“Israeli government strategy is difficult to define, as it is a coalition containing differing views, but ultimately they want to push settlement expansion in the West Bank, which is made easier when there is Palestinian political disunity,” he said. “It is the Likud strategy to keep Gaza separate from the West Bank and whether this is a ceasefire or not, they will want to keep tensions brewing in order to weaken the Palestinian movement.”

“Whoever carried out the settler kidnapping, and no one knows who did it at the moment, it appears they wanted to wipe out the [unity] deal. It has seemingly worked by creating an Israeli escalation that Hamas was pushed to respond against – creating a crisis that has almost certainly finished the deal,” he added.

There certainly appears to be pressure on Palestinian political unity, after Health Minister Jawad Awad cancelled a trip to Gaza City’s Shifa hospital on Tuesday after being confronted by angry protesters as he arrived from Egypt, officials told AFP.

Witnesses said protesters threw shoes and eggs at Awad’s car as he entered Gaza through the Rafah border crossing, with officials saying he left shortly afterwards.

People are angry it has taken the minister eight days to visit Gaza, since the Israeli bombing campaign began.

“Gaza has been bombed, and Gaza has been destroyed, and now he comes to visit?” protester Ahmed Murtaja told AFP. “We don’t this visit and all the Palestinian people are opposed to it and reject it,” he added.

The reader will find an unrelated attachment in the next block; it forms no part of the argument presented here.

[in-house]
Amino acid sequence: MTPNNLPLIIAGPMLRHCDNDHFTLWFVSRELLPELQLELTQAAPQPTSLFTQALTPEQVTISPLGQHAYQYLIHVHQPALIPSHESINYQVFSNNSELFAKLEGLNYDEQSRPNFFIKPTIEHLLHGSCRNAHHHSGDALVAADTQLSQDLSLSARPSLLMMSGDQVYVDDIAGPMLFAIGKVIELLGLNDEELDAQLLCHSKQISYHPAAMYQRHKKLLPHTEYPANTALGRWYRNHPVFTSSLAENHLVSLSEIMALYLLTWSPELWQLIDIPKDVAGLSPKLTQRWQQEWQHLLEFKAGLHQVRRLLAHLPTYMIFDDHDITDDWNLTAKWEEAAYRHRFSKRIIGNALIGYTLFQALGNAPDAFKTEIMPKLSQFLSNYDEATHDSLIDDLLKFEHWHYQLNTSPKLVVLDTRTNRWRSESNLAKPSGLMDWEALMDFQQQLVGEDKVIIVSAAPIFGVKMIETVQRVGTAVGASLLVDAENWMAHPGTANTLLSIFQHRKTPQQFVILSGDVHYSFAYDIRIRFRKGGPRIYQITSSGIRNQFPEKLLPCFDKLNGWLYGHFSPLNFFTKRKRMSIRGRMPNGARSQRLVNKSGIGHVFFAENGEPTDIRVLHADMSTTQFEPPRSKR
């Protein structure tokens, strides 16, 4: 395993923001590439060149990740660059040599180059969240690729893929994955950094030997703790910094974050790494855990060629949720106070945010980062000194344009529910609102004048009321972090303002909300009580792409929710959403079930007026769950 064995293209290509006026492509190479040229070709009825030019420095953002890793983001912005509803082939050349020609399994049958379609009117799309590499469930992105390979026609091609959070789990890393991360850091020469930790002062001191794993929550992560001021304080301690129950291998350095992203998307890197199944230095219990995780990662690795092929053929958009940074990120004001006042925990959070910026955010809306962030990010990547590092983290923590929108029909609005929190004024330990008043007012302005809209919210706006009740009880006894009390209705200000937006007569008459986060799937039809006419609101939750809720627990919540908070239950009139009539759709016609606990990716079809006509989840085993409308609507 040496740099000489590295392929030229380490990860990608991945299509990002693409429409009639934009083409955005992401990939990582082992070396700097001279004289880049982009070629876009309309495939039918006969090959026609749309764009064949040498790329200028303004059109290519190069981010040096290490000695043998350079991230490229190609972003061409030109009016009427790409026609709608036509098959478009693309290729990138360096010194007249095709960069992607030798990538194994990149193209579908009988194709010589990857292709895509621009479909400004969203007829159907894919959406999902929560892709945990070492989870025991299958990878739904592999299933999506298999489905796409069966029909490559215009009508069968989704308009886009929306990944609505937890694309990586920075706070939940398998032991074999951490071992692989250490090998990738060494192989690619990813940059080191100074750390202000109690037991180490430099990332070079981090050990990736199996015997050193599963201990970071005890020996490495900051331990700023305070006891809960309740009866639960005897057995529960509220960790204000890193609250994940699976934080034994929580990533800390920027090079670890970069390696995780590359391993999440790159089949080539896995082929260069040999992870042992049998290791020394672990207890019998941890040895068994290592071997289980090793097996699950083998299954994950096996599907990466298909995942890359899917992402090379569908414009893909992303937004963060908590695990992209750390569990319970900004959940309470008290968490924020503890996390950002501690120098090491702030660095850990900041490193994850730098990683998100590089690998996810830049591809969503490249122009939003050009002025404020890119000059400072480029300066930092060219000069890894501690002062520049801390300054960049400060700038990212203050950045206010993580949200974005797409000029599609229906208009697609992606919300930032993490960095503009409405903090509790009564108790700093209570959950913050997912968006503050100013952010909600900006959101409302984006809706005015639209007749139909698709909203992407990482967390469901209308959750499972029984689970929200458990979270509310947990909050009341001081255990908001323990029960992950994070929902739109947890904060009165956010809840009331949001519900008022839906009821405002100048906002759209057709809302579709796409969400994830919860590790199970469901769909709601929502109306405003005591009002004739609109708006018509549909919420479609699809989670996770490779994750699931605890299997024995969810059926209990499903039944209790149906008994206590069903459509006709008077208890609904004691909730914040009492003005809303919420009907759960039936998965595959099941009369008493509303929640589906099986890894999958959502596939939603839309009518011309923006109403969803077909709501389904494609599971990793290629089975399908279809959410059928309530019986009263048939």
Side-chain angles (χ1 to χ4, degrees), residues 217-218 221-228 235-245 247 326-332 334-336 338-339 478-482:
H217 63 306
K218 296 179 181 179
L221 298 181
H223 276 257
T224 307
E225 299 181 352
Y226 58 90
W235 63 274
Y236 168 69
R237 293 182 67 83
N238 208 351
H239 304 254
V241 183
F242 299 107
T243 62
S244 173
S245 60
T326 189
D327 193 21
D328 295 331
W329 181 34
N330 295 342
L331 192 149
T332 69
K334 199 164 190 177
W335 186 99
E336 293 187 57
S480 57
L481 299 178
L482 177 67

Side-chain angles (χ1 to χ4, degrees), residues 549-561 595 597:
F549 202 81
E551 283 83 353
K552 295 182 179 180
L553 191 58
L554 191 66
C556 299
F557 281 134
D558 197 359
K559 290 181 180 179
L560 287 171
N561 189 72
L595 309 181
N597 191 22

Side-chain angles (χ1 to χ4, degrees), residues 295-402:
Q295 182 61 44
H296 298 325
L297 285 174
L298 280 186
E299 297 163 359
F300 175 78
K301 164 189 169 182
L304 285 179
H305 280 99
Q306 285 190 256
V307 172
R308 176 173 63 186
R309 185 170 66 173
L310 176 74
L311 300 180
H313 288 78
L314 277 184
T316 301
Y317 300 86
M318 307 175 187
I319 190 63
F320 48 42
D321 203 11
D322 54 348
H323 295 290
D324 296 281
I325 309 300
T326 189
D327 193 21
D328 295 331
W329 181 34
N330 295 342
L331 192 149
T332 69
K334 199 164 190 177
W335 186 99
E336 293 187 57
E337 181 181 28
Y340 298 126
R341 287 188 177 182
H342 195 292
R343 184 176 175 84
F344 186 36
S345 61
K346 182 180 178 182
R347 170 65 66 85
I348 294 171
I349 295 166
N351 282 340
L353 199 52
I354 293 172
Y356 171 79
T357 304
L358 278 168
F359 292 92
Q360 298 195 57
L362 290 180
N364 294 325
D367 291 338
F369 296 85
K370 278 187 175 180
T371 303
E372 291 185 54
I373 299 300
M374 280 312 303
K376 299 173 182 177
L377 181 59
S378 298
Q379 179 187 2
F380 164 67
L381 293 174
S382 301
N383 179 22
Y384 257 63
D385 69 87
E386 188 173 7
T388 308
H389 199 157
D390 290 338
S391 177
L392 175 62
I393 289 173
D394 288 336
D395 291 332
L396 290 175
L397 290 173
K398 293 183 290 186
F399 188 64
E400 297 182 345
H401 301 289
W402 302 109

Palestinian journalist Kuttab, however, retains hope the unity deal can hold strong, providing certain agreements can be put in place.

“The unity deal has been shaken up but the government is still standing,” he said. “The onus is more on Hamas than Fatah at this point, what Hamas decides to do is the most serious issue. My expectation is that the 2005 agreement regarding the border points with Gaza, especially Rafah, will be renewed requiring Palestinian presidential guards from Ramallah and European advisors to be at the crossing point with Egypt.”

“That would be a significant development and the big question then would be if elections are still going to take place within six months, as planned,” he added. 

Stay informed with MEE's newsletters

Sign up to get the latest alerts, insights and analysis, starting with Turkey Unpacked

Middle East Eye delivers independent and unrivalled coverage and analysis of the Middle East, North Africa and beyond. To learn more about republishing this content and the associated fees, please fill out this form. More about MEE can be found here.